Jump to content

  • Log In with Google      Sign In   
  • Create Account

Copy Constructor/Memory Allocation


Old topic!
Guest, the last post of this topic is over 60 days old and at this point you may not reply in this topic. If you wish to continue this conversation start a new topic.

  • You cannot reply to this topic
5 replies to this topic

#1 magal   Members   -  Reputation: 122

Like
Likes
Like

Posted 08 September 1999 - 11:20 AM

I'm having a problem with the Matrix class that I'm creating. The class is a matrix of any numeric type (so I used 'template' before the declaration of the class and it contains a protected member T * _pMatrix. In the constructor, I allocate the memory for this pointer using the 'new' operator.

But now I'm starting to overload the operators like +, * to implement all the ops with matrices. When I use a statement like A = B + C (all these variables are matrices), the values from B and C are summed and put on a new temp matrix which is returned from the overloaded operator function. And it happens that the default copy constructor copies the POINTER _pMatrix, making two different and independent pointers point to the same resource. Now, after the temp matrix with the summed values is returned, it runs out of scope and its destructor (which deallocates the resource) is called. And then the A matrix contains a _pMatrix member pointing to a deleted resource!!!

All I could think of was to implement a new copy constructor that would copy all non-pointer members of the source class to the destination class, allocate memory for the destination class' _pMatrix member and copy the entire contents from the source _pMatrix. Then, I have two different pointers pointing to two different resources, but both resources are identical.
If I'm using a 4x4 matrix of double, imagine the memory it was going to use!!!! It would take a lot of resources from the heap and cycles from the processor to do all this!!!!

Isn't there any other viable solution to copy the source object and its allocated resource to the destination???


Sponsor:

#2 TANSTAAFL   Moderators   -  Reputation: 1152

Like
Likes
Like

Posted 07 September 1999 - 06:28 PM

well, when making things as flexible as you are making your matrix class, you are BOUND to cause more overhead.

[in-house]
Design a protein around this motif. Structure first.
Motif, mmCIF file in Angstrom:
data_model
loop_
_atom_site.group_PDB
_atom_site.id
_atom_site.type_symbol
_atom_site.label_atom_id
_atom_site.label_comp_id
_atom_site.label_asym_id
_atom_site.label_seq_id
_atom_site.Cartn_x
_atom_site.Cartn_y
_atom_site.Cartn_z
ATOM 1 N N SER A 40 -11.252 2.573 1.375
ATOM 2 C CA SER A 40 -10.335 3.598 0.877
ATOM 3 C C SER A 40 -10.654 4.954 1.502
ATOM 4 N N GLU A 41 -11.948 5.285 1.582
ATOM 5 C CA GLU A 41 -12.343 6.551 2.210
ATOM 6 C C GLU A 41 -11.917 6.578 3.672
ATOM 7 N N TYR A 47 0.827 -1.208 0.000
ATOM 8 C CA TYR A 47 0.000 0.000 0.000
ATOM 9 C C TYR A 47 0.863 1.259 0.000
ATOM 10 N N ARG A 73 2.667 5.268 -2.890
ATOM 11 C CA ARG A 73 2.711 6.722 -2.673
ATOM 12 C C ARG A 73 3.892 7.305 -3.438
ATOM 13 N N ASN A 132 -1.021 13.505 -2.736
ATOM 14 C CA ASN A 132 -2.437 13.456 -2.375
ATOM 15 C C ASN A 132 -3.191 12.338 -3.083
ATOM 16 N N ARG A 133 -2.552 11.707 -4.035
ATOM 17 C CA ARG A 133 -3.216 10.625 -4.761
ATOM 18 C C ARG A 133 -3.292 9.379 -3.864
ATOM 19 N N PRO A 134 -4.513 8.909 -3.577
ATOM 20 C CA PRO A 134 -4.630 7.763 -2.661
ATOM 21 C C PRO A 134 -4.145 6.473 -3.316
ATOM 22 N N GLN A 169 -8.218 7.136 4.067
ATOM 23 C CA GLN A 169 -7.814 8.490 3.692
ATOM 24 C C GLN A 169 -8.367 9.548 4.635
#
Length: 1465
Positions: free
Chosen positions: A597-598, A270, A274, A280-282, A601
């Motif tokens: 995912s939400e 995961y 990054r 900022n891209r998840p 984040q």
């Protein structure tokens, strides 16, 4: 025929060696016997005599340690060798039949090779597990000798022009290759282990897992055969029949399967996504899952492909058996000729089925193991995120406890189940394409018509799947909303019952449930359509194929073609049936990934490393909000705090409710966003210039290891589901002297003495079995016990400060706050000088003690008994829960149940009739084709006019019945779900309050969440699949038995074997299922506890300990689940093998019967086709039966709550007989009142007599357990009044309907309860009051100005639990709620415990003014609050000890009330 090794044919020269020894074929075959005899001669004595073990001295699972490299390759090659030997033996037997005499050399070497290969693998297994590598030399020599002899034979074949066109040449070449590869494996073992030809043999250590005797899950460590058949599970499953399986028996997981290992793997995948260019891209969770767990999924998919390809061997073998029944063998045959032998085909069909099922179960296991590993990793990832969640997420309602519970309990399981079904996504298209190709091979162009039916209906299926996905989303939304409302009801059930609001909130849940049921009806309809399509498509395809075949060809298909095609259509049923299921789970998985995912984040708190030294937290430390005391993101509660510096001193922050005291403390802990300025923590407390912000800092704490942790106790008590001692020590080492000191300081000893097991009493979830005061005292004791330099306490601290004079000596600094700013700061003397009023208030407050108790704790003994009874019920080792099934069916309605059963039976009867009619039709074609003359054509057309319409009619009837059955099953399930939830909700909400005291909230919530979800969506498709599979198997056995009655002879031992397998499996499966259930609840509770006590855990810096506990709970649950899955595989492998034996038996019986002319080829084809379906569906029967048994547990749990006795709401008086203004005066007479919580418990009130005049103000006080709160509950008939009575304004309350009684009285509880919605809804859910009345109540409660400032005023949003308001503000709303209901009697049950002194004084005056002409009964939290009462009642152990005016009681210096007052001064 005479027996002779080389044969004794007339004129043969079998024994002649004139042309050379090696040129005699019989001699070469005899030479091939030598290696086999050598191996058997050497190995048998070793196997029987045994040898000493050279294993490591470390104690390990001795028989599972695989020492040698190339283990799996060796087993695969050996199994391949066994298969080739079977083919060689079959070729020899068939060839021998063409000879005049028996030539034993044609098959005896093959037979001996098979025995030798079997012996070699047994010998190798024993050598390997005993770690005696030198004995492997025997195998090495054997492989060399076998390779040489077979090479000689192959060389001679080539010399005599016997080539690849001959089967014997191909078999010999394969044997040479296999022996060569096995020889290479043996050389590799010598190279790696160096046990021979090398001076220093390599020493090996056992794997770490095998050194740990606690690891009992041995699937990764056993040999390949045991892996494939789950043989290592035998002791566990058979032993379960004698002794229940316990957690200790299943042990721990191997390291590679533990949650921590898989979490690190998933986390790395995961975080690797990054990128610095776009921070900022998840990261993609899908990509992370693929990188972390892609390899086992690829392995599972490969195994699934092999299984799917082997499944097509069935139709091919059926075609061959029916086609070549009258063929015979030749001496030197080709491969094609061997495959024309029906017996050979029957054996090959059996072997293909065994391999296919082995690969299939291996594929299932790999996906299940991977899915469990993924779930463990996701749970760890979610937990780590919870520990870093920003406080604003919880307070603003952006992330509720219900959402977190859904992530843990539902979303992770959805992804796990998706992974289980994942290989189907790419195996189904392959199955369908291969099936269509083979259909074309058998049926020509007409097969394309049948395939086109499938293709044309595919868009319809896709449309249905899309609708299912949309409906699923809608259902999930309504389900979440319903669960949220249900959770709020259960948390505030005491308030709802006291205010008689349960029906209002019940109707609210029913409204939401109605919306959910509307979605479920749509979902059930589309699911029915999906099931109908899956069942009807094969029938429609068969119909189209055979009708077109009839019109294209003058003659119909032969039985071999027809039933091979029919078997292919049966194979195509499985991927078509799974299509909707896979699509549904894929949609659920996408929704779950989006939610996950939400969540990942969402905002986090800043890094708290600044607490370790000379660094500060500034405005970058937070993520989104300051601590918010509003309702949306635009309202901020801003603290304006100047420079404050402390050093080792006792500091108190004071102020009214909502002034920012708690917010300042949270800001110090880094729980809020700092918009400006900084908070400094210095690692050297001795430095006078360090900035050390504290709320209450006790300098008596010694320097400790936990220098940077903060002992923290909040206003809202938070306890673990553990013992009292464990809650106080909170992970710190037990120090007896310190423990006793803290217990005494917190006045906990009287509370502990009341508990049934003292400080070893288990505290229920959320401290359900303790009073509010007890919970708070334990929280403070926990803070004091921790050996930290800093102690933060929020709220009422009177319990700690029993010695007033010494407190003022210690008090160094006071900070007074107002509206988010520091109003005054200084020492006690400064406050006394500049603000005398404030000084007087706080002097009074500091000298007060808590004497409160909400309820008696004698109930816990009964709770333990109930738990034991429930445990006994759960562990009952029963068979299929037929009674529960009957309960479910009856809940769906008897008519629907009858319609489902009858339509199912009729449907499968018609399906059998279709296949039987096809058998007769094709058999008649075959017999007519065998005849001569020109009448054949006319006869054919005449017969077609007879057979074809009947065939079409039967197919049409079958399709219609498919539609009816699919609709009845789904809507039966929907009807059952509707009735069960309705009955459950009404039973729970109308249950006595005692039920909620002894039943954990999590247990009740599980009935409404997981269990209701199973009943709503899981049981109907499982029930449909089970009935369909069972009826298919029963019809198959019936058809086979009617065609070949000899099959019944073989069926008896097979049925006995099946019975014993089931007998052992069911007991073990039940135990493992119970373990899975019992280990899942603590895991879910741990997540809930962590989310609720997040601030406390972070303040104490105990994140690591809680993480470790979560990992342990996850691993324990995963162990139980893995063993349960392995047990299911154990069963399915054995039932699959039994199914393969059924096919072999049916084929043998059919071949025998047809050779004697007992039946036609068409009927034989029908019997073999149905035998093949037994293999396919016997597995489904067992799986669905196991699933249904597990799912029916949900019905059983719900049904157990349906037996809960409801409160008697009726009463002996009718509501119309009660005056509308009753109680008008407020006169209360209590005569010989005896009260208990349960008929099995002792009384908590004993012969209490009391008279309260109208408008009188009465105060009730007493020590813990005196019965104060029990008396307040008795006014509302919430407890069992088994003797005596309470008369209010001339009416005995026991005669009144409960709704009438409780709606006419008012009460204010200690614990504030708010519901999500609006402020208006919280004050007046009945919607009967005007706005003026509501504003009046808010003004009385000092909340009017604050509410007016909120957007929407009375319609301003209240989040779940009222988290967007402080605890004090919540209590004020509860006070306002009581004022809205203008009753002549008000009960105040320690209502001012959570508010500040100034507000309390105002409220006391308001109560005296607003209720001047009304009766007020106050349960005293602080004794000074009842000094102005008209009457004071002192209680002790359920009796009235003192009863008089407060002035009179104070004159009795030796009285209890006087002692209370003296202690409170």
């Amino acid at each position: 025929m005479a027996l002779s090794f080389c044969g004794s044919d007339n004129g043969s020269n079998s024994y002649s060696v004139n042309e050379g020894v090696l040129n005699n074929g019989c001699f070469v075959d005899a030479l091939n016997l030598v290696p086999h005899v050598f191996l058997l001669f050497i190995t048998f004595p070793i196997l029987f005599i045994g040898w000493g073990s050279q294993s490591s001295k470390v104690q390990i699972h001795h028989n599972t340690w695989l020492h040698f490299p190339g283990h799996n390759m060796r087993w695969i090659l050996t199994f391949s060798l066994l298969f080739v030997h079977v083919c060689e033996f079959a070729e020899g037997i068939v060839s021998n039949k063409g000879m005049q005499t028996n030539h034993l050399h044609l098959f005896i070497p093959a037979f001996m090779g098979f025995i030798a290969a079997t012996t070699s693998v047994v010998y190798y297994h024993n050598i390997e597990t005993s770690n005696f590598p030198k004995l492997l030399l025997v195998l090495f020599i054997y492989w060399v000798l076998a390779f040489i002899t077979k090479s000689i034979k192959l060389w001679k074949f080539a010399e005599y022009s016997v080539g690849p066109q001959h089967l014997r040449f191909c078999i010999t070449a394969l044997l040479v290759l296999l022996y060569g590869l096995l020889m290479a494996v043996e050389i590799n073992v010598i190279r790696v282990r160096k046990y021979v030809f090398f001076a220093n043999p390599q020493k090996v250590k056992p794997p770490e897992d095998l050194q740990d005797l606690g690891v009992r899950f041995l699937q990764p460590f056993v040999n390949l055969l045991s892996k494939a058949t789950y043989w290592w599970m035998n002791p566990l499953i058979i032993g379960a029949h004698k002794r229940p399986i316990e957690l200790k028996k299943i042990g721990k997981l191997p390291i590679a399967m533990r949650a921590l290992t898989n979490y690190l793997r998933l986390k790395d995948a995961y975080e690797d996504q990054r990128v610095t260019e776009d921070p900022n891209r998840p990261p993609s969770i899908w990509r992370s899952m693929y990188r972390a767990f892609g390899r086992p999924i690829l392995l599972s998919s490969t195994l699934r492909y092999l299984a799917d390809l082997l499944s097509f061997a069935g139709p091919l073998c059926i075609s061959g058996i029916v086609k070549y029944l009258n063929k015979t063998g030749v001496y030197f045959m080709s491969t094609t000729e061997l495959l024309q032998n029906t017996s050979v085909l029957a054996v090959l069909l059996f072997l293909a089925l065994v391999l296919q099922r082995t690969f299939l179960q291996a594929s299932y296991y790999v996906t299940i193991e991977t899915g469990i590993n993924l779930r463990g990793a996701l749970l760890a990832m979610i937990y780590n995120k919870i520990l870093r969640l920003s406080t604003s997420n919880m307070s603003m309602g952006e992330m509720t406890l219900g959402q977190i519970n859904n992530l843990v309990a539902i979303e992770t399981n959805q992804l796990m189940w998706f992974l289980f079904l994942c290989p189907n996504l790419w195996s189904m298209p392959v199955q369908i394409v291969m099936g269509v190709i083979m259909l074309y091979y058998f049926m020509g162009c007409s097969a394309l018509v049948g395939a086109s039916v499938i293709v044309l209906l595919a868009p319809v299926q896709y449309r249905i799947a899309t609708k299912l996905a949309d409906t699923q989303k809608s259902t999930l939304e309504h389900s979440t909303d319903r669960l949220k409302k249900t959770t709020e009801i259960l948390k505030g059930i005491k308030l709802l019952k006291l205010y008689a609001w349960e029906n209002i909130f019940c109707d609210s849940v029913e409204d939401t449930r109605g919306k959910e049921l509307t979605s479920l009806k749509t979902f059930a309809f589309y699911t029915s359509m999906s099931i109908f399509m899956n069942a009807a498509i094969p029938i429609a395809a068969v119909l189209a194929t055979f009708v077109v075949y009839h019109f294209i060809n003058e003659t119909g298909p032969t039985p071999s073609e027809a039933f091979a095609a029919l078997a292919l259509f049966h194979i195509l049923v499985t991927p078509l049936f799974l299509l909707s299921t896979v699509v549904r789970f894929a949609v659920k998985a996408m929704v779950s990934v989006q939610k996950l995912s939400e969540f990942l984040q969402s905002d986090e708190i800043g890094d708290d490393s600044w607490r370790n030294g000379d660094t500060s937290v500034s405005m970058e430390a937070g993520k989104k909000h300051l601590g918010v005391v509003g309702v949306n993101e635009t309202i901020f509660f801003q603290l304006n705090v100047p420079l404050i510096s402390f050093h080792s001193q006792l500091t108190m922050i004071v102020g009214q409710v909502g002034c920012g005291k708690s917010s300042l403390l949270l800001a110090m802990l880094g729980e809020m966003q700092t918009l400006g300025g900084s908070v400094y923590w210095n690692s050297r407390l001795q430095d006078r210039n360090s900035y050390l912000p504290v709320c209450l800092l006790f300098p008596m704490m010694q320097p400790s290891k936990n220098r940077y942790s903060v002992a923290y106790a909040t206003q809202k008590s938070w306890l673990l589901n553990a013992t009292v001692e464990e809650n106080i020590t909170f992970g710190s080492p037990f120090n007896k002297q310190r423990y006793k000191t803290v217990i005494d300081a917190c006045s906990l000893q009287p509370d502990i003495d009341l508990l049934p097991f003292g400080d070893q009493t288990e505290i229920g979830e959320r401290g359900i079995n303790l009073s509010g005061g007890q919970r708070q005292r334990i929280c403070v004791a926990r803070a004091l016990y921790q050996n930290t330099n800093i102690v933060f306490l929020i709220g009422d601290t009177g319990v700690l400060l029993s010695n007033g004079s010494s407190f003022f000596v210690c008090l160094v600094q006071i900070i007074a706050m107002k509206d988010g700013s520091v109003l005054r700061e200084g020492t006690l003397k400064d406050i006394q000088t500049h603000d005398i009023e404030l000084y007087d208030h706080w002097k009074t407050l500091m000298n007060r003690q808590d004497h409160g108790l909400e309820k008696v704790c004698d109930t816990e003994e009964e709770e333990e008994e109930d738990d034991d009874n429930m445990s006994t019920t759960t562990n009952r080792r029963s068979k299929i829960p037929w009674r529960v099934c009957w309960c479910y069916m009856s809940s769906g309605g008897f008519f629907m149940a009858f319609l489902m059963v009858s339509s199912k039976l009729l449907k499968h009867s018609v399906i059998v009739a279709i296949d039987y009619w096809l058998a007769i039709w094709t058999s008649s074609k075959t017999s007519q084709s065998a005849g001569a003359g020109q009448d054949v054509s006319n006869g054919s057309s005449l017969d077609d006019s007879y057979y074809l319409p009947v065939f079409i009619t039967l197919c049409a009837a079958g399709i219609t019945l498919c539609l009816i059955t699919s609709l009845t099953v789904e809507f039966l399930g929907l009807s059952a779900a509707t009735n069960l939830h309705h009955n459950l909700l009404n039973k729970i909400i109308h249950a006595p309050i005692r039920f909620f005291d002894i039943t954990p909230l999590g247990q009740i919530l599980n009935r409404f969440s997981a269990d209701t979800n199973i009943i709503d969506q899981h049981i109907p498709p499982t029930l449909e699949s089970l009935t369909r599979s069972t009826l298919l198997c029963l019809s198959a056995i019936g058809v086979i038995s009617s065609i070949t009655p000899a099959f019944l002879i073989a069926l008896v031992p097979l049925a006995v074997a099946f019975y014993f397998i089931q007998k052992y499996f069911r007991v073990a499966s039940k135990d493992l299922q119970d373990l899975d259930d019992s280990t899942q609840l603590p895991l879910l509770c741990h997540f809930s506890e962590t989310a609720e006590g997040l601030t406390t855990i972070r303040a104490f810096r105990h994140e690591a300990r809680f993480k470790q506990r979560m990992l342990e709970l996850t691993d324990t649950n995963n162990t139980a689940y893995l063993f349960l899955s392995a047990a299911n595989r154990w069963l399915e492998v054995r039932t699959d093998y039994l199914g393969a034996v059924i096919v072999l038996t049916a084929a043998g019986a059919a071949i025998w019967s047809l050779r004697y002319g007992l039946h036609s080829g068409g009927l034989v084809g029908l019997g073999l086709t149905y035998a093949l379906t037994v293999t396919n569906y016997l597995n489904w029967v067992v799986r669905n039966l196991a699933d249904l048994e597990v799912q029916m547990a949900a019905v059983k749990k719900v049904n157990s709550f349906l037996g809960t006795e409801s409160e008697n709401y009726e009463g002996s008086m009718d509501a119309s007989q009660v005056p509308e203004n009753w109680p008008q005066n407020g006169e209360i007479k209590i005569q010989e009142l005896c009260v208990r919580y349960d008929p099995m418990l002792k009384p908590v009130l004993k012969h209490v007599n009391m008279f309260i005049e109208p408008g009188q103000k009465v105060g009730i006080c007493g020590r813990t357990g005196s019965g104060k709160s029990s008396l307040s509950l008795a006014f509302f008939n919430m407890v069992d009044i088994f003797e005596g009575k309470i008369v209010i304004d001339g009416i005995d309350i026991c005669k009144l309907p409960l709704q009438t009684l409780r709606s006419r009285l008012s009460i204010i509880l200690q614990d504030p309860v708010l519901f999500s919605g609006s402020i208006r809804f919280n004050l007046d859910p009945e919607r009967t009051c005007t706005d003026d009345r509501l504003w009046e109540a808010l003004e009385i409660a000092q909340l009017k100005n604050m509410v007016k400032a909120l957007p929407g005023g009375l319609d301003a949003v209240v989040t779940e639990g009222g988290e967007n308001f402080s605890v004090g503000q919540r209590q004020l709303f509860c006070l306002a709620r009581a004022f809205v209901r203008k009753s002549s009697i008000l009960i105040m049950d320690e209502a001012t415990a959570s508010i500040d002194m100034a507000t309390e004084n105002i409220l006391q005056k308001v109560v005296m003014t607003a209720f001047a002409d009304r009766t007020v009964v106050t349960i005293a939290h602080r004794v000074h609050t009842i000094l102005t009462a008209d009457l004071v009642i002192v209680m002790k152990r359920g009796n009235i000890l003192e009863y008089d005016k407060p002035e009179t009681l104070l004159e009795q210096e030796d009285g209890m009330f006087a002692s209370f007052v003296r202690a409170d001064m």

you pretty much HAVE to allocate a new space into which to copy over the cells of the matrix, otherwise when the original matrix object is destroyed, the new one will crash, since the memory for the matrix cells would be freed.


#3 TANSTAAFL   Moderators   -  Reputation: 1152

Like
Likes
Like

Posted 07 September 1999 - 06:31 PM

also, what is the return type from operator + and operator *?

it SHOULD be CMatrix (or whatever your matrix class is called) rather than CMatrix& or CMatrix*.

then you return the temp matrix on the stack (which is more overhead, but cant be helped)

however, if for some reason this doesnt work, you may have to just overload the += and *= operators.


#4 magal   Members   -  Reputation: 122

Like
Likes
Like

Posted 08 September 1999 - 10:08 AM

Thanks for the replies so far.
Now I started to test the class and, when I only compile the class (source and header, with implementation and declaration respectively), it is fine, no errors are found.

But when I add a void main() at the end of the file and put the line Matrix m(2) to declare a square matrix of integers with 2 rows and 2 columns, it says that the allocation line '_pMatrix = new T[_pNRows][_pNCols];' is using a non-constant boundary for the array, and won't compile. Now, how can that be??? (_pMatrix is declared as a protected member 'T * _pMatrix;' and T is the template class.
Please guys, help me out again...


#5 Anonymous Poster_Anonymous Poster_*   Guests   -  Reputation:

Likes

Posted 08 September 1999 - 10:23 AM

As I recall a new statement of an array of arrays like you have requires that one of the sizes be constant... To get around this I believe you have to use single subscript arrays

blah = new T[_pNRows*_pnCols]

And then access it like this

blah[_pnCols*row + col]



#6 mason   Members   -  Reputation: 128

Like
Likes
Like

Posted 08 September 1999 - 11:20 AM

or, you could make a CMatrixArray class, which would take care of newing / deleting the whole slew of them, and could also do the array indexing stuff:

CMatrix *CMatrixArray::get(int x, int y)
{
return(&m_array[(y*m_dimx)+x])
}

or something. Not sure if it'd make sense in your situation, just thought I'd mention it as a wild thought.

Mason McCuskey
Spin Studios
http://www.spin-studios.com





Old topic!
Guest, the last post of this topic is over 60 days old and at this point you may not reply in this topic. If you wish to continue this conversation start a new topic.



PARTNERS